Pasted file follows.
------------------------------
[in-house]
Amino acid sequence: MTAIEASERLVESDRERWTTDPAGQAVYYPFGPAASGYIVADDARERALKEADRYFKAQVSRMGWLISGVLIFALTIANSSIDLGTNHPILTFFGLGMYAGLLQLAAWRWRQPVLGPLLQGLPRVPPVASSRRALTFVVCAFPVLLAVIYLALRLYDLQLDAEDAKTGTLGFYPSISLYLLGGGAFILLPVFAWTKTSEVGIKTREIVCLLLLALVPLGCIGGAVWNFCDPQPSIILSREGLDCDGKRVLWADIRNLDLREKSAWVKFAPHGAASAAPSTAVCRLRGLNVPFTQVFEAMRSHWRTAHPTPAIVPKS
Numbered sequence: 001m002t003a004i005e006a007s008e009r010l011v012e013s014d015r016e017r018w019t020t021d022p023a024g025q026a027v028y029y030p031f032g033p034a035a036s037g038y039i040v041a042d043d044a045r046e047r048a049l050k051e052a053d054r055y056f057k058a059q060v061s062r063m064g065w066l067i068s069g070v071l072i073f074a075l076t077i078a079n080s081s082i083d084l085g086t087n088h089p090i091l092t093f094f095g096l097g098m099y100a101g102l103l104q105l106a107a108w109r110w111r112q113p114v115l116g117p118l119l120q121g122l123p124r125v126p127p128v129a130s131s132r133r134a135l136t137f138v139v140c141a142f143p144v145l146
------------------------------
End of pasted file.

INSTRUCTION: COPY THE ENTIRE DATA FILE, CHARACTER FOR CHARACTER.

[in-house]
Amino acid sequence: MTAIEASERLVESDRERWTTDPAGQAVYYPFGPAASGYIVADDARERALKEADRYFKAQVSRMGWLISGVLIFALTIANSSIDLGTNHPILTFFGLGMYAGLLQLAAWRWRQPVLGPLLQGLPRVPPVASSRRALTFVVCAFPVLLAVIYLALRLYDLQLDAEDAKTGTLGFYPSISLYLLGGGAFILLPVFAWTKTSEVGIKTREIVCLLLLALVPLGCIGGAVWNFCDPQPSIILSREGLDCDGKRVLWADIRNLDLREKSAWVKFAPHGAASAAPSTAVCRLRGLNVPFTQVFEAMRSHWRTAHPTPAIVPKS
Numbered sequence: 001m002t003a004i005e006a007s008e009r010l011v012e013s014d015r016e017r018w019t020t021d022p023a024g025q026a027v028y029y030p031f032g033p034a035a036s037g038y039i040v041a042d043d044a045r046e047r048a049l050k051e052a053d054r055y056f057k058a059q060v061s062r063m064g065w066l067i068s069g070v071l072i073f074a075l076t077i078a079n080s081s082i083d084l085g086t087n088h089p090i091l092t093f094f095g096l097g098m099y100a101g102l103l104q105l106a107a108w109r110w111r112q113p114v115l116g117p118l119l120q121g122l123p124r125v126p127p128v129a130s131s132r133r134a135l136t137f138v139v140c141a142f143p144v145l146